Leader-member exchange (LMX) theory is rooted in the idea that leaders and followers exchange benefits, and that their relationships are at the heart of the leadership process. Social scientists have long attempted to understand how people relate to each other, beginning with explorations of costs and rewards, interpersonal behavior, and human relationship. A number of theories have used the lens of interpersonal relationships to understand leadership, including Edwin Hollander's focus on idiosyncrasy credits, Tom Tuyler's notion of procedural justice, Dave Messick's delineation of psychological exchanges, and James MacGregor Burns's conceptualization of transforming and transactional leadership. Most notably, George Graen and his colleagues constructed the formal leader-member exchange theory, which began by elaborating on the nature of the leader-follower relationship and its outcomes, and later created a model for effective leadership. This entry traces the background of these ideas and discusses the Graen theory in some detail.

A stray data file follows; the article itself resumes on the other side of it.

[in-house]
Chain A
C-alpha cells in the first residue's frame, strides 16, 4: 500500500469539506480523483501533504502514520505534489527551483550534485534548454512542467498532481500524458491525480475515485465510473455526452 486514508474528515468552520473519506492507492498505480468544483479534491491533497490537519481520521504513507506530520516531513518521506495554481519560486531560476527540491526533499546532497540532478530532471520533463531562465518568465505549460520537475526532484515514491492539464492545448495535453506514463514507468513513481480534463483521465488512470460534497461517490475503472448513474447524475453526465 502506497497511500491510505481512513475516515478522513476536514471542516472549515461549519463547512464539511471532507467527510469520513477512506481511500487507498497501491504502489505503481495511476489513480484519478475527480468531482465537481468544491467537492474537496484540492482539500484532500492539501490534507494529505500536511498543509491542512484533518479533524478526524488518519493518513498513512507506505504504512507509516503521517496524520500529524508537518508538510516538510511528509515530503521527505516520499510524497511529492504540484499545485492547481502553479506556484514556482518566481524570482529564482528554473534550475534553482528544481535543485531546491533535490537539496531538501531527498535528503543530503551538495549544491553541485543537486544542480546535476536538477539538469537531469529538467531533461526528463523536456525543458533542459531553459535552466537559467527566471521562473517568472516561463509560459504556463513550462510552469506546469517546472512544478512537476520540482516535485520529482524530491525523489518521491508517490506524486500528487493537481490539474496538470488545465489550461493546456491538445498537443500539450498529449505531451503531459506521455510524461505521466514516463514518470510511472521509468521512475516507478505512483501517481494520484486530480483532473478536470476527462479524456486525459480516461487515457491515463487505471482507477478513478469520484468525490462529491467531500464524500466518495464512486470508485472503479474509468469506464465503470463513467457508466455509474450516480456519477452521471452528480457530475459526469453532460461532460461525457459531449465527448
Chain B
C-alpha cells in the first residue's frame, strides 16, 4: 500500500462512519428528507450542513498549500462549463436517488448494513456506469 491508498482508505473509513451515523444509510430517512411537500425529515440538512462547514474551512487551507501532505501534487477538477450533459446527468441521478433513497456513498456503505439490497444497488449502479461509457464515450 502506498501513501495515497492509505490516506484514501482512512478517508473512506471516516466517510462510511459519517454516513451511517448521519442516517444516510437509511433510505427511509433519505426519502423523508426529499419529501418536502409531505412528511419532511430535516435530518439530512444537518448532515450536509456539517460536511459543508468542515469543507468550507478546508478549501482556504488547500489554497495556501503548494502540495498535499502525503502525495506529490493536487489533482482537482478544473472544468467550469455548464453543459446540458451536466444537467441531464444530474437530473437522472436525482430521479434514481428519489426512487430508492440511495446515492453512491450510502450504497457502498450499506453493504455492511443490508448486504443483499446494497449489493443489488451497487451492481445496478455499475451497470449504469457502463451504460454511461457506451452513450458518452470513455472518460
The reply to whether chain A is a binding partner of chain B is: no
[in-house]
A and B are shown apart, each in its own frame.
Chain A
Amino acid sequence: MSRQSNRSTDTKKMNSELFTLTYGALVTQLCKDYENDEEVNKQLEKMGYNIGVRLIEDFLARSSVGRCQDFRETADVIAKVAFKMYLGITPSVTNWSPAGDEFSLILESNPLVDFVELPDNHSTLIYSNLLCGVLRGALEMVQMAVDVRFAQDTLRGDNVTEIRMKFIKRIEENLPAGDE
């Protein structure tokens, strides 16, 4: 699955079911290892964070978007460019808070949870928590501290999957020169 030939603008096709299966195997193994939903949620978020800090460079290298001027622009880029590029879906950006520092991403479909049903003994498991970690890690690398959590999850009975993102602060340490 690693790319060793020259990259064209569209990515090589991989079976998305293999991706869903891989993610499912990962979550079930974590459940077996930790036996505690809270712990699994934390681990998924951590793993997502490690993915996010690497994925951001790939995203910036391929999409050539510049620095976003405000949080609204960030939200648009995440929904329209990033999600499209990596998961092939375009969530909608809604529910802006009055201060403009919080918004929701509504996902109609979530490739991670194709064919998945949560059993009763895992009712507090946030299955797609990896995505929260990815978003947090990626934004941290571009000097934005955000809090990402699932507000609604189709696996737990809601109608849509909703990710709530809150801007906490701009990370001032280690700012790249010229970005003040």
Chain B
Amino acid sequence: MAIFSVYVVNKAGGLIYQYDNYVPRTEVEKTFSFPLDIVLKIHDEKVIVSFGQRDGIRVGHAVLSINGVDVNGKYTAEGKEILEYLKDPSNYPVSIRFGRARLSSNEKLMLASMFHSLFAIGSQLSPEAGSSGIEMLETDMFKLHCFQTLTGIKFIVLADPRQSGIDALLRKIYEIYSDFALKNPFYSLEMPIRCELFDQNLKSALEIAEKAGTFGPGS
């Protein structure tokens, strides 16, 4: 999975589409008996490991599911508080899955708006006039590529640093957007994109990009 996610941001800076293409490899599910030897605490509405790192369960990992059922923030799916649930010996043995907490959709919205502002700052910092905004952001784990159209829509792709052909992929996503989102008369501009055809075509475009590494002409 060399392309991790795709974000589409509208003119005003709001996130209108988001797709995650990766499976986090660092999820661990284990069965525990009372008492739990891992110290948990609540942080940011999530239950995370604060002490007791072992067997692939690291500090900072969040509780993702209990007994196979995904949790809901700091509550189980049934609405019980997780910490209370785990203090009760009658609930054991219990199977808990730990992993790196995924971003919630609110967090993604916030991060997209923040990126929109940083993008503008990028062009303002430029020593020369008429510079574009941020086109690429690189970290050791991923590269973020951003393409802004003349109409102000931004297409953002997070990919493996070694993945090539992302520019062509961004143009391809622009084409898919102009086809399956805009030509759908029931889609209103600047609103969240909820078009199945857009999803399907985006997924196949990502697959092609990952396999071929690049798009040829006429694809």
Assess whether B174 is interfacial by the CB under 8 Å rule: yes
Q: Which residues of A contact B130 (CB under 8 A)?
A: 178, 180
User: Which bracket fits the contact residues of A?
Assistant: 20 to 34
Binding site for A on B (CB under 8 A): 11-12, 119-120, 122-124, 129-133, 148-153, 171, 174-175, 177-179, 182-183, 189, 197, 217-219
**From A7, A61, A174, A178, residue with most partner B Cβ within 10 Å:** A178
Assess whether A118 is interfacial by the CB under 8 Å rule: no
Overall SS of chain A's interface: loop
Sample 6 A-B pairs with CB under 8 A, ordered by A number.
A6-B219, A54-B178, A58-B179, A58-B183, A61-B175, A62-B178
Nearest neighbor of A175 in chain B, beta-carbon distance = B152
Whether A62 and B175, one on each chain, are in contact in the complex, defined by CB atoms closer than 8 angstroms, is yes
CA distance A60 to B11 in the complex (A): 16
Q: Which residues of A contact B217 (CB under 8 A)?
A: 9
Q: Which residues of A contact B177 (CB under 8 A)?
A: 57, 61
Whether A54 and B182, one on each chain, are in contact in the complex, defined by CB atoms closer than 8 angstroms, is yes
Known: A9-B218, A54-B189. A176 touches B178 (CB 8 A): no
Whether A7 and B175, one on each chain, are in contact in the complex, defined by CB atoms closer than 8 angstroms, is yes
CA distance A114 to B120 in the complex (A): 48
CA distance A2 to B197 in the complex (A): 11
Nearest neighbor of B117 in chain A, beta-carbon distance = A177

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Copyright © 2009 SAGE Publications, Inc. This book chapter first appeared in Encyclopedia of Group Processes and Intergroup Relations.

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